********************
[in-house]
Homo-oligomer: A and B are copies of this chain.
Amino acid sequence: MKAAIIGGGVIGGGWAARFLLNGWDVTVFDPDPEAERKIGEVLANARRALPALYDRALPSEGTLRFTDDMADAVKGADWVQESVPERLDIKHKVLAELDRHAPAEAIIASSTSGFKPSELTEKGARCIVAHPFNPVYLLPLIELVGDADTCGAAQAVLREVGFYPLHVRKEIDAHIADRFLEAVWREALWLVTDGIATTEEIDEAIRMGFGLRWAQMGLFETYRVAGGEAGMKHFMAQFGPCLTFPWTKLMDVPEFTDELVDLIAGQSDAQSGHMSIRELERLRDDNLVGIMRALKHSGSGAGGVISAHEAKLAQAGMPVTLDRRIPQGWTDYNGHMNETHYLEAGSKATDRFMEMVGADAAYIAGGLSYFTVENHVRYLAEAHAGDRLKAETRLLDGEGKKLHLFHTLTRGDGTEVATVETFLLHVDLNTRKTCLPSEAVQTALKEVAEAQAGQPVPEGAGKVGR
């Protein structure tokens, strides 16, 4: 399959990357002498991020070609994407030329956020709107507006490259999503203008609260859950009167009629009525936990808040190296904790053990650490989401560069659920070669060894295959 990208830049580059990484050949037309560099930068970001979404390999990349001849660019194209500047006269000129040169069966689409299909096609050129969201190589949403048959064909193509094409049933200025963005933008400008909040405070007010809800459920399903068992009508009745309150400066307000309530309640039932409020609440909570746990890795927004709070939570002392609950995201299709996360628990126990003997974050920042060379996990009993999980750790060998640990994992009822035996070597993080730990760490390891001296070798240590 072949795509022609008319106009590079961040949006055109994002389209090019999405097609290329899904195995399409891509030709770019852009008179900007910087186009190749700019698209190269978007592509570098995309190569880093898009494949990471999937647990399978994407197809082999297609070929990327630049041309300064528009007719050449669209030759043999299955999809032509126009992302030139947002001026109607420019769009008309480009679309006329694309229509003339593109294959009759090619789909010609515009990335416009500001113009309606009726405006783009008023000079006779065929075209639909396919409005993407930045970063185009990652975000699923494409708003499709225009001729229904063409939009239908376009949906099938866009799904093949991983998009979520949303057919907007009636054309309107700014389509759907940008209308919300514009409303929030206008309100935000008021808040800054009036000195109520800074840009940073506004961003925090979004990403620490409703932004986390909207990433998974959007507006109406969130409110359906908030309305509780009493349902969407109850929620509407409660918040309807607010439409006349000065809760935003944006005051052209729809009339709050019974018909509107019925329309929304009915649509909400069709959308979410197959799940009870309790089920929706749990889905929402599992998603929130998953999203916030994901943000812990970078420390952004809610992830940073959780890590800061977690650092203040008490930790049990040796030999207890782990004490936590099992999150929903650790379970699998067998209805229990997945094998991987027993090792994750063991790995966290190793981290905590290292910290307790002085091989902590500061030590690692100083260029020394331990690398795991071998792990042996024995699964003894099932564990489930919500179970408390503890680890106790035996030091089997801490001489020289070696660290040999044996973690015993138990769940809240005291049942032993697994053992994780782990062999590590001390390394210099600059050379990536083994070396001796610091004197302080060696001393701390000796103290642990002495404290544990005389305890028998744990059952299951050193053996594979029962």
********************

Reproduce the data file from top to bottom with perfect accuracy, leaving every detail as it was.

[in-house]
Homo-oligomer: A and B are copies of this chain.
Amino acid sequence: MKAAIIGGGVIGGGWAARFLLNGWDVTVFDPDPEAERKIGEVLANARRALPALYDRALPSEGTLRFTDDMADAVKGADWVQESVPERLDIKHKVLAELDRHAPAEAIIASSTSGFKPSELTEKGARCIVAHPFNPVYLLPLIELVGDADTCGAAQAVLREVGFYPLHVRKEIDAHIADRFLEAVWREALWLVTDGIATTEEIDEAIRMGFGLRWAQMGLFETYRVAGGEAGMKHFMAQFGPCLTFPWTKLMDVPEFTDELVDLIAGQSDAQSGHMSIRELERLRDDNLVGIMRALKHSGSGAGGVISAHEAKLAQAGMPVTLDRRIPQGWTDYNGHMNETHYLEAGSKATDRFMEMVGADAAYIAGGLSYFTVENHVRYLAEAHAGDRLKAETRLLDGEGKKLHLFHTLTRGDGTEVATVETFLLHVDLNTRKTCLPSEAVQTALKEVAEAQAGQPVPEGAGKVGR
């Protein structure tokens, strides 16, 4: 399959990357002498991020070609994407030329956020709107507006490259999503203008609260859950009167009629009525936990808040190296904790053990650490989401560069659920070669060894295959 990208830049580059990484050949037309560099930068970001979404390999990349001849660019194209500047006269000129040169069966689409299909096609050129969201190589949403048959064909193509094409049933200025963005933008400008909040405070007010809800459920399903068992009508009745309150400066307000309530309640039932409020609440909570746990890795927004709070939570002392609950995201299709996360628990126990003997974050920042060379996990009993999980750790060998640990994992009822035996070597993080730990760490390891001296070798240590 072949795509022609008319106009590079961040949006055109994002389209090019999405097609290329899904195995399409891509030709770019852009008179900007910087186009190749700019698209190269978007592509570098995309190569880093898009494949990471999937647990399978994407197809082999297609070929990327630049041309300064528009007719050449669209030759043999299955999809032509126009992302030139947002001026109607420019769009008309480009679309006329694309229509003339593109294959009759090619789909010609515009990335416009500001113009309606009726405006783009008023000079006779065929075209639909396919409005993407930045970063185009990652975000699923494409708003499709225009001729229904063409939009239908376009949906099938866009799904093949991983998009979520949303057919907007009636054309309107700014389509759907940008209308919300514009409303929030206008309100935000008021808040800054009036000195109520800074840009940073506004961003925090979004990403620490409703932004986390909207990433998974959007507006109406969130409110359906908030309305509780009493349902969407109850929620509407409660918040309807607010439409006349000065809760935003944006005051052209729809009339709050019974018909509107019925329309929304009915649509909400069709959308979410197959799940009870309790089920929706749990889905929402599992998603929130998953999203916030994901943000812990970078420390952004809610992830940073959780890590800061977690650092203040008490930790049990040796030999207890782990004490936590099992999150929903650790379970699998067998209805229990997945094998991987027993090792994750063991790995966290190793981290905590290292910290307790002085091989902590500061030590690692100083260029020394331990690398795991071998792990042996024995699964003894099932564990489930919500179970408390503890680890106790035996030091089997801490001489020289070696660290040999044996973690015993138990769940809240005291049942032993697994053992994780782990062999590590001390390394210099600059050379990536083994070396001796610091004197302080060696001393701390000796103290642990002495404290544990005389305890028998744990059952299951050193053996594979029962």